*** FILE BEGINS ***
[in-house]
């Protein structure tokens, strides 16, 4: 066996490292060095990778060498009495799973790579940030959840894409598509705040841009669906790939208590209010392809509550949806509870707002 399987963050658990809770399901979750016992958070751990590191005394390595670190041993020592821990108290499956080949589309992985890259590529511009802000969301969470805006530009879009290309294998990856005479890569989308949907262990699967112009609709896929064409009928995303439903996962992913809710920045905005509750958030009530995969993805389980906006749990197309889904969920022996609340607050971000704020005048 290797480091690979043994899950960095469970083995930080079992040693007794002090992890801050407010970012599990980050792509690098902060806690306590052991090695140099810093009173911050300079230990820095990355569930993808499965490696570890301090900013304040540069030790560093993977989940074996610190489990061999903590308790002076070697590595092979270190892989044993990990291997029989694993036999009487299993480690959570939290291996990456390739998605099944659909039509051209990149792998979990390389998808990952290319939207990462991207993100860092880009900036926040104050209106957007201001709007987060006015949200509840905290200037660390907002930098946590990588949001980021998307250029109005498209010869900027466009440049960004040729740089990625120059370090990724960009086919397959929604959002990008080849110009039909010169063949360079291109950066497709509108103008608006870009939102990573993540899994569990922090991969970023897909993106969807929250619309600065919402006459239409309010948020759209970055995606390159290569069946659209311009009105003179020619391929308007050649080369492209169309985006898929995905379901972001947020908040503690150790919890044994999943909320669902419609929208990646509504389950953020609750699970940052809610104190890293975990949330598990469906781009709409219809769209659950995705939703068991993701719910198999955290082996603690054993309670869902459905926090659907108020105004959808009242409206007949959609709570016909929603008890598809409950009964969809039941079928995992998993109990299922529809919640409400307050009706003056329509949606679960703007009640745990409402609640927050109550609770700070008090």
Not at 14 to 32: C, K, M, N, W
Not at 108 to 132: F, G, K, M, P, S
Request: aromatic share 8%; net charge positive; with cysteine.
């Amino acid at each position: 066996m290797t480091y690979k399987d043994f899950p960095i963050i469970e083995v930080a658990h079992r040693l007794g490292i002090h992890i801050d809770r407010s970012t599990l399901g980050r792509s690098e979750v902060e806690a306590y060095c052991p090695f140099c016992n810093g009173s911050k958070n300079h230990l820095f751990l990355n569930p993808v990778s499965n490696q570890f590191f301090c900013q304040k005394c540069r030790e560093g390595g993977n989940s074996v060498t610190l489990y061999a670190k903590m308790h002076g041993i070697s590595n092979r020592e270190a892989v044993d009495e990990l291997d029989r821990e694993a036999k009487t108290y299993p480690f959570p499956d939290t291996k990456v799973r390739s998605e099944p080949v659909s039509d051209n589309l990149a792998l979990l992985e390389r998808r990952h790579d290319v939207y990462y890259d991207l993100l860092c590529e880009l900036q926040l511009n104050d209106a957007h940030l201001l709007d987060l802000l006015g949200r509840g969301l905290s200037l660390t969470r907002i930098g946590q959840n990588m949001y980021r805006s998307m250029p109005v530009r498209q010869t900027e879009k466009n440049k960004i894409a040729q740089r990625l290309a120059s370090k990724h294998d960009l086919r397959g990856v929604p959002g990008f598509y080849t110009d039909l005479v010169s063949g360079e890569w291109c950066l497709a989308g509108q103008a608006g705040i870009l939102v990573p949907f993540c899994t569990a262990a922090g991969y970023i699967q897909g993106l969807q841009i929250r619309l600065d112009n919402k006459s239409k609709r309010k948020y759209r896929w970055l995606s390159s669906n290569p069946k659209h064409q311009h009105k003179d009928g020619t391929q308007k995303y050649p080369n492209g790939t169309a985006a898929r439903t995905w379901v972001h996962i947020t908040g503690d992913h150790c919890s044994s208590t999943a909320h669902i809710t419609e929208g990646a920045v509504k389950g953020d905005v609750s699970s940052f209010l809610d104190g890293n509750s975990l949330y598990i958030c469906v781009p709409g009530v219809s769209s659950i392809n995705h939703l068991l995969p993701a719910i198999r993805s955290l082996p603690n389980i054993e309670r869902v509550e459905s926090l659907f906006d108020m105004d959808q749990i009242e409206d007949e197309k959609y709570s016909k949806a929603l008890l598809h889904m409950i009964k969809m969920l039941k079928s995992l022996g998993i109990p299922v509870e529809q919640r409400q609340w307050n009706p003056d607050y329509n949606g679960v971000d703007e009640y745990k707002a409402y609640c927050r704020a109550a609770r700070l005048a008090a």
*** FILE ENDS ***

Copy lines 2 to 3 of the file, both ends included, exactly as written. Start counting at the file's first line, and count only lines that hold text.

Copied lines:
């Protein structure tokens, strides 16, 4: 066996490292060095990778060498009495799973790579940030959840894409598509705040841009669906790939208590209010392809509550949806509870707002 399987963050658990809770399901979750016992958070751990590191005394390595670190041993020592821990108290499956080949589309992985890259590529511009802000969301969470805006530009879009290309294998990856005479890569989308949907262990699967112009609709896929064409009928995303439903996962992913809710920045905005509750958030009530995969993805389980906006749990197309889904969920022996609340607050971000704020005048 290797480091690979043994899950960095469970083995930080079992040693007794002090992890801050407010970012599990980050792509690098902060806690306590052991090695140099810093009173911050300079230990820095990355569930993808499965490696570890301090900013304040540069030790560093993977989940074996610190489990061999903590308790002076070697590595092979270190892989044993990990291997029989694993036999009487299993480690959570939290291996990456390739998605099944659909039509051209990149792998979990390389998808990952290319939207990462991207993100860092880009900036926040104050209106957007201001709007987060006015949200509840905290200037660390907002930098946590990588949001980021998307250029109005498209010869900027466009440049960004040729740089990625120059370090990724960009086919397959929604959002990008080849110009039909010169063949360079291109950066497709509108103008608006870009939102990573993540899994569990922090991969970023897909993106969807929250619309600065919402006459239409309010948020759209970055995606390159290569069946659209311009009105003179020619391929308007050649080369492209169309985006898929995905379901972001947020908040503690150790919890044994999943909320669902419609929208990646509504389950953020609750699970940052809610104190890293975990949330598990469906781009709409219809769209659950995705939703068991993701719910198999955290082996603690054993309670869902459905926090659907108020105004959808009242409206007949959609709570016909929603008890598809409950009964969809039941079928995992998993109990299922529809919640409400307050009706003056329509949606679960703007009640745990409402609640927050109550609770700070008090």
Not at 14 to 32: C, K, M, N, W